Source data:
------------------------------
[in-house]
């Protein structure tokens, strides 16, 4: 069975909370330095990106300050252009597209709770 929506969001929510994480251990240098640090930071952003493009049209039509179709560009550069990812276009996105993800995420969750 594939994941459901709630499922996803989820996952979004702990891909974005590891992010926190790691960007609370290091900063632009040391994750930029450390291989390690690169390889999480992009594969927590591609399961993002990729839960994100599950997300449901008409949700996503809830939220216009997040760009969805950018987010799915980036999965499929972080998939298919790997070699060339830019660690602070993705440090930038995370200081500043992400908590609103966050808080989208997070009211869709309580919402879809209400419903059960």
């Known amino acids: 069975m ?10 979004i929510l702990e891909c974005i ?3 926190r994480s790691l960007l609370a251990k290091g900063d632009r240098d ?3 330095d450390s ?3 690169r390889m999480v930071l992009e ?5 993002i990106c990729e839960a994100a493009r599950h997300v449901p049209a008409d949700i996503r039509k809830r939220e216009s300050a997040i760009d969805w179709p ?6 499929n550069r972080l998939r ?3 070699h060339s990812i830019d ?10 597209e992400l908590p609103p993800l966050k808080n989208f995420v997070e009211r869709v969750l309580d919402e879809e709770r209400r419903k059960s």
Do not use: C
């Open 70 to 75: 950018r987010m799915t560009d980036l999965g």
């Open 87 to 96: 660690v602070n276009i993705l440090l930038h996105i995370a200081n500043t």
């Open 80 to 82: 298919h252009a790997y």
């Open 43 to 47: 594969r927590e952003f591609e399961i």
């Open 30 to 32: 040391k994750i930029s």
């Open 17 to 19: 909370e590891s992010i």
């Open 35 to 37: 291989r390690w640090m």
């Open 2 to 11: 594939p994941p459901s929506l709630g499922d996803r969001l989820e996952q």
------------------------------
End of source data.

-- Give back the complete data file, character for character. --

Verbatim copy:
[in-house]
């Protein structure tokens, strides 16, 4: 069975909370330095990106300050252009597209709770 929506969001929510994480251990240098640090930071952003493009049209039509179709560009550069990812276009996105993800995420969750 594939994941459901709630499922996803989820996952979004702990891909974005590891992010926190790691960007609370290091900063632009040391994750930029450390291989390690690169390889999480992009594969927590591609399961993002990729839960994100599950997300449901008409949700996503809830939220216009997040760009969805950018987010799915980036999965499929972080998939298919790997070699060339830019660690602070993705440090930038995370200081500043992400908590609103966050808080989208997070009211869709309580919402879809209400419903059960």
């Known amino acids: 069975m ?10 979004i929510l702990e891909c974005i ?3 926190r994480s790691l960007l609370a251990k290091g900063d632009r240098d ?3 330095d450390s ?3 690169r390889m999480v930071l992009e ?5 993002i990106c990729e839960a994100a493009r599950h997300v449901p049209a008409d949700i996503r039509k809830r939220e216009s300050a997040i760009d969805w179709p ?6 499929n550069r972080l998939r ?3 070699h060339s990812i830019d ?10 597209e992400l908590p609103p993800l966050k808080n989208f995420v997070e009211r869709v969750l309580d919402e879809e709770r209400r419903k059960s």
Do not use: C
């Open 70 to 75: 950018r987010m799915t560009d980036l999965g």
């Open 87 to 96: 660690v602070n276009i993705l440090l930038h996105i995370a200081n500043t």
């Open 80 to 82: 298919h252009a790997y």
């Open 43 to 47: 594969r927590e952003f591609e399961i």
């Open 30 to 32: 040391k994750i930029s």
């Open 17 to 19: 909370e590891s992010i």
């Open 35 to 37: 291989r390690w640090m």
């Open 2 to 11: 594939p994941p459901s929506l709630g499922d996803r969001l989820e996952q």